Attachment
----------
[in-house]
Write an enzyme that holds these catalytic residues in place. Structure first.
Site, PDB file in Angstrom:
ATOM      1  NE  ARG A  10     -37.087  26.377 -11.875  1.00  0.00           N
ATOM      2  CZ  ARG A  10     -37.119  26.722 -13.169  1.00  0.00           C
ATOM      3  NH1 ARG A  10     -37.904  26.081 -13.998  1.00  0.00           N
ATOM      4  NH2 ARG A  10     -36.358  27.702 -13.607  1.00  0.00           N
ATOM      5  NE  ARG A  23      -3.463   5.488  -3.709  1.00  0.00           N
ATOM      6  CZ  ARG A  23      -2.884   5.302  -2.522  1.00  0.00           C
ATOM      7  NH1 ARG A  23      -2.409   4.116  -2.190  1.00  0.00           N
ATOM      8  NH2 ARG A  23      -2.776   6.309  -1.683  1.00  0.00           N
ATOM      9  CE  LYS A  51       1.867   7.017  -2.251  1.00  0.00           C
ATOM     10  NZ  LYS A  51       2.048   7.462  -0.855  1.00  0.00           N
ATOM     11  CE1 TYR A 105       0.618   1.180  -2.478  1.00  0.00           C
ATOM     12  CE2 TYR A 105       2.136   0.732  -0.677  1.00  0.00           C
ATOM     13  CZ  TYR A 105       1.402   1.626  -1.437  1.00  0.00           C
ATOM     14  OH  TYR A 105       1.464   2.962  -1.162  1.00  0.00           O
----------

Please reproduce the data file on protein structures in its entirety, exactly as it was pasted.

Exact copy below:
[in-house]
Write an enzyme that holds these catalytic residues in place. Structure first.
Site, PDB file in Angstrom:
ATOM      1  NE  ARG A  10     -37.087  26.377 -11.875  1.00  0.00           N
ATOM      2  CZ  ARG A  10     -37.119  26.722 -13.169  1.00  0.00           C
ATOM      3  NH1 ARG A  10     -37.904  26.081 -13.998  1.00  0.00           N
ATOM      4  NH2 ARG A  10     -36.358  27.702 -13.607  1.00  0.00           N
ATOM      5  NE  ARG A  23      -3.463   5.488  -3.709  1.00  0.00           N
ATOM      6  CZ  ARG A  23      -2.884   5.302  -2.522  1.00  0.00           C
ATOM      7  NH1 ARG A  23      -2.409   4.116  -2.190  1.00  0.00           N
ATOM      8  NH2 ARG A  23      -2.776   6.309  -1.683  1.00  0.00           N
ATOM      9  CE  LYS A  51       1.867   7.017  -2.251  1.00  0.00           C
ATOM     10  NZ  LYS A  51       2.048   7.462  -0.855  1.00  0.00           N
ATOM     11  CE1 TYR A 105       0.618   1.180  -2.478  1.00  0.00           C
ATOM     12  CE2 TYR A 105       2.136   0.732  -0.677  1.00  0.00           C
ATOM     13  CZ  TYR A 105       1.402   1.626  -1.437  1.00  0.00           C
ATOM     14  OH  TYR A 105       1.464   2.962  -1.162  1.00  0.00           O